And, a nice summing up of the HP master plan:

Effectively Meg Whitman is unravelling some of the bad decisions of the last few years, including the purchase of Autonomy and acquisition of EDS in 2008. There’s more focus on delivering infrastructure to clients, rather than moving revenue to services – remember HPE’s public cloud offering was also culled at the beginning of 2016.

The Register

EMC Documentum divested to OpenText for $1.6bn, 451

Good coverage from 451:

  • “maintenance contracts account for half [of OpenText’s] revenue, and 75% of revenue is recurring.”
  • “EMC ECD is made up of more than 20 acquired product sets, all of which provide support for unstructured data. This technology ranges from records and digital-asset management to e-discovery and beyond. The core platform was in the process of being re-architected over the past few years; it is still a complex and expensive system of record.”
  • The $1.6bn deal size is a 2.8x multiple.
  • “OpenText has now spent $2.4bn on five purchases in 2016 – both numbers are record highs for the company.”

Source: “OpenText does largest acquisition yet with the $1.6bn purchase of EMC’s Documentum.”

HPE Software sold for $8.8bn, to Micro Focus

While HPE is getting $2.5bn in cash, the whole deal value is more like $8.8bn, the non-cash being stock. More details:

The Numbers

  • “Under the deal, HP Enterprise shareholders are expected to end up with Micro Focus shares currently valued at about $6.3 billion. Micro Focus will pay HP Enterprise $2.5 billion in cash.” (WSJ)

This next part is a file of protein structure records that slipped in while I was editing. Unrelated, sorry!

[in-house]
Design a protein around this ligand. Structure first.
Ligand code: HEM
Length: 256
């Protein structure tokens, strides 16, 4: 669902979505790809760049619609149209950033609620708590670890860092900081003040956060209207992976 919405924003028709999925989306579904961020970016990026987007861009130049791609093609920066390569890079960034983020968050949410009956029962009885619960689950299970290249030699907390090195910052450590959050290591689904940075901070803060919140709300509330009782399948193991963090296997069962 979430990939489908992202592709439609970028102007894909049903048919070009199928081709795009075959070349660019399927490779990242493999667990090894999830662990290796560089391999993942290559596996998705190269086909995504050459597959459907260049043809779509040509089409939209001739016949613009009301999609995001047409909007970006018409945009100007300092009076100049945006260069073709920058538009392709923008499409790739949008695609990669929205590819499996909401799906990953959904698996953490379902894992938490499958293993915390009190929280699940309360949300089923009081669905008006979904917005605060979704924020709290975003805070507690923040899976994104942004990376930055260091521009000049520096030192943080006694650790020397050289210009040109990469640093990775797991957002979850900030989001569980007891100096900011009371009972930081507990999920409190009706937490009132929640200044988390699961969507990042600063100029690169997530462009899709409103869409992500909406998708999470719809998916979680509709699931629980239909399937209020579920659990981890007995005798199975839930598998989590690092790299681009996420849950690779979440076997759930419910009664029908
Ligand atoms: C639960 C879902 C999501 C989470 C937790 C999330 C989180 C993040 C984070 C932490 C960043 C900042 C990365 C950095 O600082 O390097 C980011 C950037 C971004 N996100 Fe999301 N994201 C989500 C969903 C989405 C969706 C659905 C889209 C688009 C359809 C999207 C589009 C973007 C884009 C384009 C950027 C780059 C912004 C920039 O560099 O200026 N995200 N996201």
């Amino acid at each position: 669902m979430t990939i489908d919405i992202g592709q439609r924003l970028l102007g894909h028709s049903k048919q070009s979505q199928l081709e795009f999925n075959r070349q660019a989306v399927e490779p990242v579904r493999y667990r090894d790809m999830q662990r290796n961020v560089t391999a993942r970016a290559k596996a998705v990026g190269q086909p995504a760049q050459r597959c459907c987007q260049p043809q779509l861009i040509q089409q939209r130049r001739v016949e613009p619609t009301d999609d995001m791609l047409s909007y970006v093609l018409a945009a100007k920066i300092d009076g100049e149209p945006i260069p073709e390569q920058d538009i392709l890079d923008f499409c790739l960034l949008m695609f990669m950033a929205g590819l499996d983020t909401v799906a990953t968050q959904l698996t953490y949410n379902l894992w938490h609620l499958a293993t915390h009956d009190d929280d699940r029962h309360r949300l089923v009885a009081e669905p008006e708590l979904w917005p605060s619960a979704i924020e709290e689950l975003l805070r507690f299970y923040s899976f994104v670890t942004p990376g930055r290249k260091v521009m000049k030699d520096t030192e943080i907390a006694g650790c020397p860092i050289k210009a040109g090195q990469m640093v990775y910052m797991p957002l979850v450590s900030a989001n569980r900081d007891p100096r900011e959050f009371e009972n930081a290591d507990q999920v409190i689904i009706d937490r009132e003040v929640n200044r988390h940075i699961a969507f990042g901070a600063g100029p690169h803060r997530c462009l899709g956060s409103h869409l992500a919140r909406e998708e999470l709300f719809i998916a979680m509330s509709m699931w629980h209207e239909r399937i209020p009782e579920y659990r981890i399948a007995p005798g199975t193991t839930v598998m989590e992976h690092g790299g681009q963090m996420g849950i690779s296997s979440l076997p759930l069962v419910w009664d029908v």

• There’s about 12,000 people in HPE Software. (WSJ)
  • HPE Software revenue: “HPE’s software unit generated $3.6 billion in net revenue in 2015, down from $3.9 billion in 2014.”
  • Put another way, from TBR: “2Q16 software revenue [had a] decline of 18% year-to-year, driven down by a license revenue decline of 28% year-to-year.”
  • HPE has been divesting a lot, getting a hoard of cash: “In earlier transactions, HP Enterprise in May completed a $2.3 billion deal in China to sell a 51% stake in a venture there called H3C that sells networking, server and storage hardware and related services. Later the same month, HP Enterprise announced a deal to spin off a computer services business that employs about 100,000 people—two-thirds of the company’s total head count—and merge it with operations of Computer Sciences Corp.”
  • Also: “The company sold at least 84 percent of its 60.5 percent stake in Indian IT services provider Mphasis Ltd to Blackstone Group for $1.1 billion in April.”

What now for HPE?

Continue reading “HPE Software sold for $8.8bn, to Micro Focus”

Quest and SonicWall to operate independenly once divested from Dell

After Dell Software’s expected sale is completed this fall, its new private-equity owners will separate some of the divisions — including Quest Software and SonicWall — into independent companies.

This is similar to how Novell was divided up under Attachmate.

Related, see this summary of comments around the plans for VMware in Dell Technologies.

Source: Quest Software, One Identity To Operate Separately From SonicWall After Dell Software Sale

Mature Software Is Hard: HPE Looking to Divest?

Rumors are HPE is looking to sell of some older software assets, Autonomy, Mercury, and Vertical. Acquisition prices from Bloomberg:

  • Autonomy: $10.3bn in 2011
  • Mercury: $4.5bn in 2006
  • Vertica: ~$350m in 2011

It’s that bugbear cloud, James over at RedMonk, said back in June in his report on the company’s big conference:

Make no mistake – Cloud is a forcing factor for pretty much all of the issues facing incumbent enterprise suppliers today. Cloud is putting pressure on all enterprise software markets – applications, hardware, networking, security, services, software, storage etc.

That said, I’d theorize that these are all reliable businesses with reliable customer bases. Their revenue may be declining and they may not be all “SaaS-y,” but for the right price PE firms could probably do alright.

Continue reading “Mature Software Is Hard: HPE Looking to Divest?”